• Ananya Ak

A Simple Plan Was A Nerve-Wracking, Spine-Tingling Read


The book, A Simple Plan, kept on a white surface. At the top left corner of the book rests an origami aircraft labelled "crashed plane". Below the plane is a white origami dog labelled "Jacob's dog Mary Beth", and to the side is an orange origami duffel bag labelled "a duffel bag full on cash". To the right of the book is an origami hunting rifle.

About the book


Hank, his brother Jacob, and Jacob’s friend Lou stumble upon a crashed plane, the pilot dead and a duffel bag full of cash. They’re normal people; all three of them. Average people with average lives.


But then they decide to keep the money. After all, no one knows they found that plane! No one even seems to be looking for the plane or the money! So they give in to temptation.


On one condition. A simple enough one:


Keep the money aside for six months. Just six months, until we’re sure no one’s looking for it. Then split it up and have a great life.


A simple plan.


Only…not really.


Thoughts


The book takes us through a rollercoaster of emotions as the narrator, Hank, describes how the simple plan was actually quite complicated and destructive.


We’re forced to watch as these totally normal people do things they never imagined.


It’s like watching a horror movie.


You’re screaming at the protagonists that what they’re doing will only lead to trouble, but the poor things can’t hear you.


In this, Hank does the job himself. Every once in a while, he says something like (and I’m paraphrasing), “Maybe this was where we should have stopped. Then it wouldn’t have gone to the extent it did.”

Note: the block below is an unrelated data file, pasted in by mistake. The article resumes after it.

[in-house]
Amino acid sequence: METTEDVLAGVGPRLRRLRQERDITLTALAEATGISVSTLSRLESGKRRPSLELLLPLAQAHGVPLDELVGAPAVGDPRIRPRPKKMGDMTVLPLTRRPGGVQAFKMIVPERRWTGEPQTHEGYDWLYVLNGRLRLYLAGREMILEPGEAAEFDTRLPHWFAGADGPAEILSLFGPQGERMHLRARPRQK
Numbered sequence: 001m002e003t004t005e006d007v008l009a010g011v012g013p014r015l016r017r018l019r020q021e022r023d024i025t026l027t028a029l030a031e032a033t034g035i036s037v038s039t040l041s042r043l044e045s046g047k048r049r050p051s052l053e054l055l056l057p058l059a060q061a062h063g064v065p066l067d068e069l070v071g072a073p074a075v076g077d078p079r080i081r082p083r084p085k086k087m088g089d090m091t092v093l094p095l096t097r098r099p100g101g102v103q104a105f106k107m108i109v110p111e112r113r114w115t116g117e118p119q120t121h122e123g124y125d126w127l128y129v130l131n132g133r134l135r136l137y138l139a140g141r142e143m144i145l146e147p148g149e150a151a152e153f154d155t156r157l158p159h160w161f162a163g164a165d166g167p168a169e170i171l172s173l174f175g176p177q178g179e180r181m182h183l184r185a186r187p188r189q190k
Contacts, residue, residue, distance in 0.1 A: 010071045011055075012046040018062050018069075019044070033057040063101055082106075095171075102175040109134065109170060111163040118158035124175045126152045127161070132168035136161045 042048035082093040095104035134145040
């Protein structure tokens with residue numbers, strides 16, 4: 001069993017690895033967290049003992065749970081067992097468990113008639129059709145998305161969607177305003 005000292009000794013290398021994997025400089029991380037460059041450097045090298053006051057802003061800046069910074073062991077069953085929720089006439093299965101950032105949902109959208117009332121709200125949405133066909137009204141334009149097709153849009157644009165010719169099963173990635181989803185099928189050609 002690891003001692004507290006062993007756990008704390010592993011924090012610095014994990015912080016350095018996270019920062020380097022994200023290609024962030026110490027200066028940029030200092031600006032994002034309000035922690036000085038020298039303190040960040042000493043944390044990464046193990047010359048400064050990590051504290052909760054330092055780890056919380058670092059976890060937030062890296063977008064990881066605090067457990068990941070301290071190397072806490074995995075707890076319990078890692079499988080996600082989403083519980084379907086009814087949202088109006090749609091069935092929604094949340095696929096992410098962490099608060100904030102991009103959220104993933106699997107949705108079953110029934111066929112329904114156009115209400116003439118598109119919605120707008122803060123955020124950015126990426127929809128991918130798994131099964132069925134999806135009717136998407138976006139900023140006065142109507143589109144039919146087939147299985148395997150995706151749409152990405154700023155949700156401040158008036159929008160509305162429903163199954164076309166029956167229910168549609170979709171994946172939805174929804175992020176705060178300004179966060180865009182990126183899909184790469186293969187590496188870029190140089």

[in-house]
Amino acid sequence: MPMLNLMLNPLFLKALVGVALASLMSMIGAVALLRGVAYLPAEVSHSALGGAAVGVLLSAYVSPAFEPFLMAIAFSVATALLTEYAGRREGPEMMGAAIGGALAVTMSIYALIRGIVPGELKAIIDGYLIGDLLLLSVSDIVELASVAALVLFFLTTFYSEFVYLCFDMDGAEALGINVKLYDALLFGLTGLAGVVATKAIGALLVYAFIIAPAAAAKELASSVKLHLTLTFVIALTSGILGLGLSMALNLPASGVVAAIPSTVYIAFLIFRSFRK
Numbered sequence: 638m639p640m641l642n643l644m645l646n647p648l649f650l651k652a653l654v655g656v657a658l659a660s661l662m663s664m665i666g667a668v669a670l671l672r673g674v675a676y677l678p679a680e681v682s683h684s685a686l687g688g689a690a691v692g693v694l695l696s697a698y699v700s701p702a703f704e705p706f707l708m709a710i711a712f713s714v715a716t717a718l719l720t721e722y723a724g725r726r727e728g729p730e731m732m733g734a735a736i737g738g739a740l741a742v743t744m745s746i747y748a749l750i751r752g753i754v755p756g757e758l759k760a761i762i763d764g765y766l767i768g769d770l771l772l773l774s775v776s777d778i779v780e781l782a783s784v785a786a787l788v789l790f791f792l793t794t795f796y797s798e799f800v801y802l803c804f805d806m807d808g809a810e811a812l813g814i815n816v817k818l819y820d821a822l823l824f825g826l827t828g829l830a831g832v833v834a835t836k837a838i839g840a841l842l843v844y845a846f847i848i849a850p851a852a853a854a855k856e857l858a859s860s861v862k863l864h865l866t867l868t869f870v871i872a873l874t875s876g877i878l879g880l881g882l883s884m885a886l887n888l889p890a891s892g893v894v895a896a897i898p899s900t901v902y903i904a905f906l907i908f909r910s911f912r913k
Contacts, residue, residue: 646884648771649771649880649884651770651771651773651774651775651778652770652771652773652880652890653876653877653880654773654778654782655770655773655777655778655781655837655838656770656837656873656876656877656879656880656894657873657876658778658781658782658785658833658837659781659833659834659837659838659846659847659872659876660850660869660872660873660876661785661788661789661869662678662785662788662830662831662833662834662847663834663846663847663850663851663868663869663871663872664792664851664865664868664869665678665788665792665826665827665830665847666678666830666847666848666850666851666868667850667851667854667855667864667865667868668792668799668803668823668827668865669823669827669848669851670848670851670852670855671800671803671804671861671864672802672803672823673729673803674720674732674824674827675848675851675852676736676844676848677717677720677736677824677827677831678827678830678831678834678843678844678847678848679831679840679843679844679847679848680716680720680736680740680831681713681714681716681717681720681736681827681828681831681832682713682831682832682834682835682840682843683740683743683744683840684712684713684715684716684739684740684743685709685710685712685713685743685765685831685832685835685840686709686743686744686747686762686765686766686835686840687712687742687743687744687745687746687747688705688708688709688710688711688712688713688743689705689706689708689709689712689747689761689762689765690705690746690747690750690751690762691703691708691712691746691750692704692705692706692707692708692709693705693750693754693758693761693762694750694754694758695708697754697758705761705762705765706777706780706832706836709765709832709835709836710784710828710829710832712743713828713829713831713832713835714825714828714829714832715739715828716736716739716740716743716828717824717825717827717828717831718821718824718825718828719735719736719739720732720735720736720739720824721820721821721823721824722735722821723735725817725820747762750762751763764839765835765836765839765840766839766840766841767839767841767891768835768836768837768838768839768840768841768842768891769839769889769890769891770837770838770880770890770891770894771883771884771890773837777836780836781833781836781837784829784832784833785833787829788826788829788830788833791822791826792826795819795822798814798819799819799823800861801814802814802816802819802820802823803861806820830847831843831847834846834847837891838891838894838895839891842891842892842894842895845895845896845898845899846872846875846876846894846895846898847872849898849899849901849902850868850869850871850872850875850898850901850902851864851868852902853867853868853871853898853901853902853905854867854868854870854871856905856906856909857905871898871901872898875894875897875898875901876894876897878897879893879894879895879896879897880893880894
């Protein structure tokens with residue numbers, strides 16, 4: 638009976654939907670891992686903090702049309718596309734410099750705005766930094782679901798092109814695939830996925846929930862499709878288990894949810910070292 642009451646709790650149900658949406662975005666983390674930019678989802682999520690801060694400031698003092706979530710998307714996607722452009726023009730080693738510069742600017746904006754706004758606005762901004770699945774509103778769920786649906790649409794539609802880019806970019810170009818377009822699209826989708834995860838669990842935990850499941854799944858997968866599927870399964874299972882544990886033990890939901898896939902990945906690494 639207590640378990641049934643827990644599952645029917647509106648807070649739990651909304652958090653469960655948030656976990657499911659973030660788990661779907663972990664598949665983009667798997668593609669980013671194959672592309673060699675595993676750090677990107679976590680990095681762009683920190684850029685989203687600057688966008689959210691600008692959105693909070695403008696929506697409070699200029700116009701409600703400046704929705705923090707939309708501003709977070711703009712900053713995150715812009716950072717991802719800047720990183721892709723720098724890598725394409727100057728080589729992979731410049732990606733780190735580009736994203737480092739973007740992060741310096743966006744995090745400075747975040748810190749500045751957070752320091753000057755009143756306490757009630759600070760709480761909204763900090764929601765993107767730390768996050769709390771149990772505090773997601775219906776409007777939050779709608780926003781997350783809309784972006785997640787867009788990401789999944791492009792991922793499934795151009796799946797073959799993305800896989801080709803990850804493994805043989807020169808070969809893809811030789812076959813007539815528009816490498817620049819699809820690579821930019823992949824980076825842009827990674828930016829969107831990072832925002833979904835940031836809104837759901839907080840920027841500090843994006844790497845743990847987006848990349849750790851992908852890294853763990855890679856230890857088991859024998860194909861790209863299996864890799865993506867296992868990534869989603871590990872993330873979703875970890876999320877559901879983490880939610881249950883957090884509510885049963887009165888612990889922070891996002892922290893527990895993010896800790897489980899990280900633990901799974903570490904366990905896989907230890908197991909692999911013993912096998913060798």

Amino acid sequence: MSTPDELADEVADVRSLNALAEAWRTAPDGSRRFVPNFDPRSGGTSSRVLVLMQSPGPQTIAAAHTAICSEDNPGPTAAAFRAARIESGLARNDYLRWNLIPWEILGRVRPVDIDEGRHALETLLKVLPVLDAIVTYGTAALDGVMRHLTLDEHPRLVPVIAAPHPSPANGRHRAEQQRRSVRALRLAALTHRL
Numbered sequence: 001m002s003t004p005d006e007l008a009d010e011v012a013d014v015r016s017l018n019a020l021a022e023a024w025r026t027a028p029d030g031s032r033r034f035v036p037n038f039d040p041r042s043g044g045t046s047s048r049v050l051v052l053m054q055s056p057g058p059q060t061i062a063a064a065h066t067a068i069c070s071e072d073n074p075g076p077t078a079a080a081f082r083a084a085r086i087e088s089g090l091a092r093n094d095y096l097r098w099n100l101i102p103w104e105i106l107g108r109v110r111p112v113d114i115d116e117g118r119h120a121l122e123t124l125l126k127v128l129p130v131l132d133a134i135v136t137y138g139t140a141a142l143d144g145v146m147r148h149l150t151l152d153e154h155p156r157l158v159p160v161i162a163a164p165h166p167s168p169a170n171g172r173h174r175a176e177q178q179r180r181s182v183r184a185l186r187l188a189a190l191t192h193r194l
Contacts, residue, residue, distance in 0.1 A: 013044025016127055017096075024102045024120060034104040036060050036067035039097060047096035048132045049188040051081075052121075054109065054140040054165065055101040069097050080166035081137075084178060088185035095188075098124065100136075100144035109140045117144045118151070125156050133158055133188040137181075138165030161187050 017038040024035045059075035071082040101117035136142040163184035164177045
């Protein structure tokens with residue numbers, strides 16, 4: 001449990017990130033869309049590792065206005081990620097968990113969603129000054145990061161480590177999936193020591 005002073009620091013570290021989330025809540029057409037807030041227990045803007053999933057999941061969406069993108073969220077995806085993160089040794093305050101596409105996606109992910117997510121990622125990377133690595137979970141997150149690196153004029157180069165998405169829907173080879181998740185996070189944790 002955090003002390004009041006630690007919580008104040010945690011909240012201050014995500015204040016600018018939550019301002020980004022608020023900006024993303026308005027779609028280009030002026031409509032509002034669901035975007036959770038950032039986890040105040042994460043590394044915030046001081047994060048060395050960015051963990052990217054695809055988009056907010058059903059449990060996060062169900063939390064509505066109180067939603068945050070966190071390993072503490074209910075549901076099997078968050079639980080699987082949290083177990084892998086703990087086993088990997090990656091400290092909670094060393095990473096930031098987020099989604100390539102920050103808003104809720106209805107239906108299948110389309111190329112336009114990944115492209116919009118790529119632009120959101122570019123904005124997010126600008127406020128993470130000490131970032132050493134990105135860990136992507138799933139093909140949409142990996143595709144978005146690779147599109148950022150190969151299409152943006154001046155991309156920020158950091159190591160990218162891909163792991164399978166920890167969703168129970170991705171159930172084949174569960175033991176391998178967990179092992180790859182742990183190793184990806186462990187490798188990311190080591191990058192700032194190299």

You shut your eyes tight, but then you open them just a crack, because you can’t help it. You simply HAVE to know what happens next.


Rather than a murder mystery or any of the “dunnits”, it’s a story of a normal group of people’s descent into darkness.

As you get sucked into Hank’s narration and see exactly why the sequence of events unfolds as it does, you can’t help but think, “Would I have done the same thing in their place?”


And that’s what takes it a notch above scary and makes it downright terrifying. Because the answer to that question is not always, “No way!”


Amritesh (@the_bookish_maniac) pushed me to read this, saying it’s his favourite thriller of all time.


And I can see why.


It’s as far from a cliché whodunnit as you can get, with its unpredictable happenings shocking and disgusting you at every turn.


A Simple Plan is now my favourite English-language thriller (Higashino and Kanae Minato’s books remain my favourite translated thrillers!)


Read the book. You will not regret. Promise.


About the author

A side profile of the author, Scott Smith
Scott Smith

Scott Smith is an American author and screenwriter. Born in Summit, New Jersey, he moved to Toledo, Ohio as a child. After graduating from Dartmouth College and Columbia University with a Master of Fine Arts in Writing, he took up writing full time.


He has written two novels, ‘A Simple Plan’ and ‘The Ruins’, both of which were adapted into films based on Smith’s own screenplays. His screenplay for ‘A Simple Plan’ was nominated for the Academy Award for Best Adapted Screenplay. He has also written the screenplays for other films including ‘Siberia’ and ‘The Burnt Orange Heresy’.

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